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Cultural change is very difficult to accomplish. If a company’s competitive advantage is backed by corporate culture, is will be sticky and can lead to long-term value creation. We aim to identify companies that have the right cultural building blocks, which ultimately leads to better shareholder returns.
Business management guru Peter Drucker once remarked that “Culture eats strategy for breakfast”: a company can proclaim to have a particular strategy, but if that strategy is not rooted in its culture, it is destined to fail.
In our sustainability approach, we research whether a company’s culture is aligned with its strategy and whether the corporate culture reinforces or detracts from a company’s strategy. We aim to identify companies that have a corporate culture that supports a strategy of sustainable long-term value creation, and where the competitive advantage is rooted deeply in the corporate culture.
This is important, because a company’s culture is extremely difficult to change and if a company’s competitive advantage springs from a cultural advantage, it will last long. A sustainable competitive advantage leads to better free cash flow generating capabilities, which is of key importance in finding attractive investment candidates.
When we research the academic literature on this topic, we find that most attempts to ‘quantify’ culture are misguiding and leading to wrong conclusions. However, analysts can use several lenses to assess a company’s culture. There are three that we find useful: the Steward Brand model, anomaly analysis and the stakeholder checklist.
The Stewart Brand model is a simple change framework that helps us understand how society may change over time. Stewart Brand suggests that some changes, or ‘societal layers’, are much different from others. He specifically six types of competitive changes from ‘Nature’ on the bottom as the hardest to affect and therefore the slowest to change to ‘Fashion’ at the top which changes fairly easily and often. The spectrum runs from Nature to Culture to Governance, Infrastructure, Commerce and then finally to Fashion.
The point is that when a competitive advantage is rooted in the deeper layers of the Stewart Brand model, i.e. in ‘Culture’, or in ‘Governance’ (i.e. regulation), it may be very hard to overcome and may therefore last a very long time. Hence, competitive advantages that are rooted in ‘Culture’ may lead to long periods of sustainable returns. As the CEO of Southwest Airlines, Herb Kelleher, once mentioned: “Culture has everything to do with it, because everything you said today, our competitors could copy tomorrow. But they can’t copy the culture and they know it.” The reverse is also true, a competitive advantage that is purely rooted in ‘Fashion’ or ‘Commerce’ may not be sustainable for a very long time, as ‘Fashion’ can change rapidly.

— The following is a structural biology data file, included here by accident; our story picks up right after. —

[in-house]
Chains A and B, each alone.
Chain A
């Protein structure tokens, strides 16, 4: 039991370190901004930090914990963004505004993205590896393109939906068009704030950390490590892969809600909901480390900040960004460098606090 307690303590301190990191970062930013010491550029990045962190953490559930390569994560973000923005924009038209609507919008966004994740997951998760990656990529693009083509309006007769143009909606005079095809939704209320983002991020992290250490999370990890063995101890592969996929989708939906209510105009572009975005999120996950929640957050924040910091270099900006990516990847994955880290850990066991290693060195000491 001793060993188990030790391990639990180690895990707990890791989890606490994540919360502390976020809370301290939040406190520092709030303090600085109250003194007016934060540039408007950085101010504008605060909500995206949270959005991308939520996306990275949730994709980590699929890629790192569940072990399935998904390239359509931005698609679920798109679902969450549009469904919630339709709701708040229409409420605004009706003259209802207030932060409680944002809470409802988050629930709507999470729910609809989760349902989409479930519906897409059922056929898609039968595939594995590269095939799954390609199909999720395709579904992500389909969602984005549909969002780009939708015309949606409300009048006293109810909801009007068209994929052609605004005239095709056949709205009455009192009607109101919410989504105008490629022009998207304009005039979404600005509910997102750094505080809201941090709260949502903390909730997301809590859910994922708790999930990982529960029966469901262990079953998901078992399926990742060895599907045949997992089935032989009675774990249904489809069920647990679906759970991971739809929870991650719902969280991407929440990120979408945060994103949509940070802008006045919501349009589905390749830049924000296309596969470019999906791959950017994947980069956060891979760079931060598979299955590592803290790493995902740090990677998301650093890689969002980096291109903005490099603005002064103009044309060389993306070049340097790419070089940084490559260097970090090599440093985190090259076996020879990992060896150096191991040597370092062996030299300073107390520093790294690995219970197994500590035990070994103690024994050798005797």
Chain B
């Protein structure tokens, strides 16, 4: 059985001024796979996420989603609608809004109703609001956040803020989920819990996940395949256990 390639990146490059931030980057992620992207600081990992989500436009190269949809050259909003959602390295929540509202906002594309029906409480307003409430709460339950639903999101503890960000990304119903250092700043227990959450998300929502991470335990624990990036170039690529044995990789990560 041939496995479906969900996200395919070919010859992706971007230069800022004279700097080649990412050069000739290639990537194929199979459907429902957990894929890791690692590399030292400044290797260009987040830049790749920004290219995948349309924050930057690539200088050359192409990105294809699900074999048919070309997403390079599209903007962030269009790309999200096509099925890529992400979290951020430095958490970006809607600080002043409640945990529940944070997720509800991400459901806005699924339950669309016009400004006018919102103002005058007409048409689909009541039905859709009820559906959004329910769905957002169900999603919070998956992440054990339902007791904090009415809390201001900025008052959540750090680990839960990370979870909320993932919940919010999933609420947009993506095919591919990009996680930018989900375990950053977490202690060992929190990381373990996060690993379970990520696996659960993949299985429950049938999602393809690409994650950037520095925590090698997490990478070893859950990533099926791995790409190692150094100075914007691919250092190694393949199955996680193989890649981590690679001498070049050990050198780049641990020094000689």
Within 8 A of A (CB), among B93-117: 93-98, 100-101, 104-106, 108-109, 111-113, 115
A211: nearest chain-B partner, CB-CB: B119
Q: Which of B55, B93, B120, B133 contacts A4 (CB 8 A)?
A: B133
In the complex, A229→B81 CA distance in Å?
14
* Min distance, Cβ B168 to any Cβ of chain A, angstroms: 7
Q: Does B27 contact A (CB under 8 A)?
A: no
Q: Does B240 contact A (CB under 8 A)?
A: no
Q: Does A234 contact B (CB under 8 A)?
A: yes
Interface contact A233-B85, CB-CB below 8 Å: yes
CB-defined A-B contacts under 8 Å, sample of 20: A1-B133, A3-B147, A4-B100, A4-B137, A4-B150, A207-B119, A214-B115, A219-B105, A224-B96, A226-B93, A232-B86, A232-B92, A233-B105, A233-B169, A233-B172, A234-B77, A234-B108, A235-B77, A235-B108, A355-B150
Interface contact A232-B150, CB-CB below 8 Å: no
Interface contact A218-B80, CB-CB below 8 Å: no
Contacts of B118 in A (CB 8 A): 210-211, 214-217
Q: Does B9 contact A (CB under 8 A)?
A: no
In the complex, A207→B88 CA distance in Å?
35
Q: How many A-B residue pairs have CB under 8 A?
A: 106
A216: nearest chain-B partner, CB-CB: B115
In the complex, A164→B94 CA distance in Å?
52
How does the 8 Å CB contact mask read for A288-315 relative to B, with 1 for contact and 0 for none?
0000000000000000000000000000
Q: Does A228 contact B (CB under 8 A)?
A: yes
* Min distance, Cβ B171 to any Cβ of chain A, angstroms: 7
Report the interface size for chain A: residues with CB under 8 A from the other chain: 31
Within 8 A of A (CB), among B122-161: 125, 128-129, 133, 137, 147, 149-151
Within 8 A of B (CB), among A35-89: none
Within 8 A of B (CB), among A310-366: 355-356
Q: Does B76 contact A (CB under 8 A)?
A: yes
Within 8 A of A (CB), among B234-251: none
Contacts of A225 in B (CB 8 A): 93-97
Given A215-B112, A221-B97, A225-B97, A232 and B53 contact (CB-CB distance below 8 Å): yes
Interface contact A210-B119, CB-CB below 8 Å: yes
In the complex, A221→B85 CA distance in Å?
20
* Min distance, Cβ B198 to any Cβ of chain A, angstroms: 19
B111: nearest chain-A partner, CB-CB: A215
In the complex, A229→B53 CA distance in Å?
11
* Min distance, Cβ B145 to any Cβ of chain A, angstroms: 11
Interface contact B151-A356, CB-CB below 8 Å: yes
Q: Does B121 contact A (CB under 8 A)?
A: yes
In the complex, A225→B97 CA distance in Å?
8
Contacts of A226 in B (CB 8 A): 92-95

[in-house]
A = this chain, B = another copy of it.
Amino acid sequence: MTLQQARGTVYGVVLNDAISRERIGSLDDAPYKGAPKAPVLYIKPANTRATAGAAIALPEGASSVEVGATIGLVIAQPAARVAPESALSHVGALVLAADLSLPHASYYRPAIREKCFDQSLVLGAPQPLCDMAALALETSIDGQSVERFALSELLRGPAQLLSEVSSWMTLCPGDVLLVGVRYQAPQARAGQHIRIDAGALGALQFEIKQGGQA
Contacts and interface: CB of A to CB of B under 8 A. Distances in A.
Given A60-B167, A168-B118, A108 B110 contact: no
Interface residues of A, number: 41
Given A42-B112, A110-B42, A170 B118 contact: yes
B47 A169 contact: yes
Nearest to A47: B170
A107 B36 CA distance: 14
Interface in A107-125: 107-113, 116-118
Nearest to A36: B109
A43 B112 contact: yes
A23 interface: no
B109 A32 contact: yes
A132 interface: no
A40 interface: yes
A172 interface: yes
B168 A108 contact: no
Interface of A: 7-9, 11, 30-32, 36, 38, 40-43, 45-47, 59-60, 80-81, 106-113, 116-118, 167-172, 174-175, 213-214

Take tech giant Apple, for example. When it launched the iPod (in 2003), a lot of market watchers scratched their heads, as there were a lot of other MP3 players on the market, and at much more attractive prices. Apple also used a proprietary version of the MP3 standard, where customers had to convert their existing music collection to the Apple format, and upload their music to iTunes – Apple’s music store. However, with iTunes, Apple created an infrastructure layer, that made the product a lot more sticky. Apple customers had to ‘invest’ in the Apple platform by uploading their music, and by legally purchasing music online, through the iTunes Store. Rather than a fashion item, the iPod became a piece of infrastructure, with very strong customer lock-in, making it rooted in the ‘Infrastructure’ layer, rather than in the ‘Fashion’ layer. As a consequence, Apple’s competitive advantage became much stronger, and its free cash flow generation from this business model much more sustainable.
In investigating corporate culture, we also look for ‘anomalies’ or behavior that looks somewhat atypical, in order to understand why these anomalies might reflect a cultural advantage. If we see an interesting piece of evidence which seems out of the ordinary, it may reflect a culture that does many things distinctively. Of course, if such a cultural distinctiveness is a source of competitive advantage, it’s a vapor trail of data worth exploring.
It is also important to think about how a company balances different stakeholder interests. A checklist is therefore useful. Our checklist contains questions such as: ‘Is the company co-operative in nature?’, ‘How does it treat lower rank and file employees? and ‘How does it deal with its shareholders?’
By using a stakeholder checklist we can assess whether a company strategy is rooted in its culture and whether there is a consistent message to all these stakeholders. Management that acts with integrity to one particular group of stakeholders (clients, suppliers, employees), is likely to act with integrity to other parties as well (shareholders).
A culture is not static. It needs to evolve as well. An example is UPS, the world’s oldest and largest package delivery company. For decades, its drivers mapped their daily routes with pins and clipboards. Drivers loved these clipboards; it was part of the company’s history and culture. However, about ten years ago, one of UPS’ engineers (Jack Levis) wanted to make those clipboards obsolete by using new technology. Some considered this blasphemy as the company survived for over a century using pins and clipboards. Jack’s project consumed eight years of his life, but he succeeded, and the system he helped develop made the UPS route network much more efficient. So far it has already saved UPS over 10 million gallons of fuel, USD 300 million in costs and reduced CO2 eamissions by 100,000 tons. It’s a good thing UPS did not follow the pheromone trail of cultural stubbornness and let this engineer pursue his goal.